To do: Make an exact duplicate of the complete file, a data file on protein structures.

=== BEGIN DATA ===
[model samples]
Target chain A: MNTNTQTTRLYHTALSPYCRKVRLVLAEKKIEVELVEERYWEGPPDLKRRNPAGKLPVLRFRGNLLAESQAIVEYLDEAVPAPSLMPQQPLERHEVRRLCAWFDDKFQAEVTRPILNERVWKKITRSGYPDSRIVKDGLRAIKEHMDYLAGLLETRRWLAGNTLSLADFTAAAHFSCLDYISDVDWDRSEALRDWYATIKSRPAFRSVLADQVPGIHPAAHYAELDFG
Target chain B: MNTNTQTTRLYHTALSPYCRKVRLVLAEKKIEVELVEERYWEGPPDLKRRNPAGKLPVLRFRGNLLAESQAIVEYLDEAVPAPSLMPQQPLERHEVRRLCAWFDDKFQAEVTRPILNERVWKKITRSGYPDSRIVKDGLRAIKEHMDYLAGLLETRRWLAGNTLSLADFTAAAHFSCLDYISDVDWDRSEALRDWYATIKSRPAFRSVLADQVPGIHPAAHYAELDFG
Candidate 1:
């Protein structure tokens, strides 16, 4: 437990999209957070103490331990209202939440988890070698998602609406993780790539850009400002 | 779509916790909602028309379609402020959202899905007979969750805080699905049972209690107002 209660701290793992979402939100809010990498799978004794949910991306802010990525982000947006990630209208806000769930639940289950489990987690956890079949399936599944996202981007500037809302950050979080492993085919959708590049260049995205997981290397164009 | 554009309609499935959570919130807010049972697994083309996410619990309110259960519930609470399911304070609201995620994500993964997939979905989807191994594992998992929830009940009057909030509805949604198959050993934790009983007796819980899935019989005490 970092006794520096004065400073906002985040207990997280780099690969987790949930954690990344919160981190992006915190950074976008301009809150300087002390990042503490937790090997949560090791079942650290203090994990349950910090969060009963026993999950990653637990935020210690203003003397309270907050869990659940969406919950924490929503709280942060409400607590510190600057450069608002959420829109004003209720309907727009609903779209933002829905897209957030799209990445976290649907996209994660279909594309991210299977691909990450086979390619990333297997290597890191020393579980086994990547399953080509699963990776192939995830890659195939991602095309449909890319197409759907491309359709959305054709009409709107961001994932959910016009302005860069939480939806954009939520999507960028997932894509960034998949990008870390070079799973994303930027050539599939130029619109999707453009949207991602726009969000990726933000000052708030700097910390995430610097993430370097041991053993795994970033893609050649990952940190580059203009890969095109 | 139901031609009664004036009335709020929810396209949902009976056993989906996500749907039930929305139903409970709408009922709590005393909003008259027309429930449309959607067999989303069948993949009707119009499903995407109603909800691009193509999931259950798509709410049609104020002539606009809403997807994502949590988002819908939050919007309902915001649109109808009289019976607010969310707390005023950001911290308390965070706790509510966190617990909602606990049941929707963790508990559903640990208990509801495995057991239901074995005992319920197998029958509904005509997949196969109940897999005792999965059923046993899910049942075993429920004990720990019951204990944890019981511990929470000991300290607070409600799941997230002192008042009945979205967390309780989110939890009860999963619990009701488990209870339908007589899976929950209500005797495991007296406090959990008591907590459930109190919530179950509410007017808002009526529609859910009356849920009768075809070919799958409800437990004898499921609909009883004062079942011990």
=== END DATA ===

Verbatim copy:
[model samples]
Target chain A: MNTNTQTTRLYHTALSPYCRKVRLVLAEKKIEVELVEERYWEGPPDLKRRNPAGKLPVLRFRGNLLAESQAIVEYLDEAVPAPSLMPQQPLERHEVRRLCAWFDDKFQAEVTRPILNERVWKKITRSGYPDSRIVKDGLRAIKEHMDYLAGLLETRRWLAGNTLSLADFTAAAHFSCLDYISDVDWDRSEALRDWYATIKSRPAFRSVLADQVPGIHPAAHYAELDFG
Target chain B: MNTNTQTTRLYHTALSPYCRKVRLVLAEKKIEVELVEERYWEGPPDLKRRNPAGKLPVLRFRGNLLAESQAIVEYLDEAVPAPSLMPQQPLERHEVRRLCAWFDDKFQAEVTRPILNERVWKKITRSGYPDSRIVKDGLRAIKEHMDYLAGLLETRRWLAGNTLSLADFTAAAHFSCLDYISDVDWDRSEALRDWYATIKSRPAFRSVLADQVPGIHPAAHYAELDFG
Candidate 1:
């Protein structure tokens, strides 16, 4: 437990999209957070103490331990209202939440988890070698998602609406993780790539850009400002 | 779509916790909602028309379609402020959202899905007979969750805080699905049972209690107002 209660701290793992979402939100809010990498799978004794949910991306802010990525982000947006990630209208806000769930639940289950489990987690956890079949399936599944996202981007500037809302950050979080492993085919959708590049260049995205997981290397164009 | 554009309609499935959570919130807010049972697994083309996410619990309110259960519930609470399911304070609201995620994500993964997939979905989807191994594992998992929830009940009057909030509805949604198959050993934790009983007796819980899935019989005490 970092006794520096004065400073906002985040207990997280780099690969987790949930954690990344919160981190992006915190950074976008301009809150300087002390990042503490937790090997949560090791079942650290203090994990349950910090969060009963026993999950990653637990935020210690203003003397309270907050869990659940969406919950924490929503709280942060409400607590510190600057450069608002959420829109004003209720309907727009609903779209933002829905897209957030799209990445976290649907996209994660279909594309991210299977691909990450086979390619990333297997290597890191020393579980086994990547399953080509699963990776192939995830890659195939991602095309449909890319197409759907491309359709959305054709009409709107961001994932959910016009302005860069939480939806954009939520999507960028997932894509960034998949990008870390070079799973994303930027050539599939130029619109999707453009949207991602726009969000990726933000000052708030700097910390995430610097993430370097041991053993795994970033893609050649990952940190580059203009890969095109 | 139901031609009664004036009335709020929810396209949902009976056993989906996500749907039930929305139903409970709408009922709590005393909003008259027309429930449309959607067999989303069948993949009707119009499903995407109603909800691009193509999931259950798509709410049609104020002539606009809403997807994502949590988002819908939050919007309902915001649109109808009289019976607010969310707390005023950001911290308390965070706790509510966190617990909602606990049941929707963790508990559903640990208990509801495995057991239901074995005992319920197998029958509904005509997949196969109940897999005792999965059923046993899910049942075993429920004990720990019951204990944890019981511990929470000991300290607070409600799941997230002192008042009945979205967390309780989110939890009860999963619990009701488990209870339908007589899976929950209500005797495991007296406090959990008591907590459930109190919530179950509410007017808002009526529609859910009356849920009768075809070919799958409800437990004898499921609909009883004062079942011990």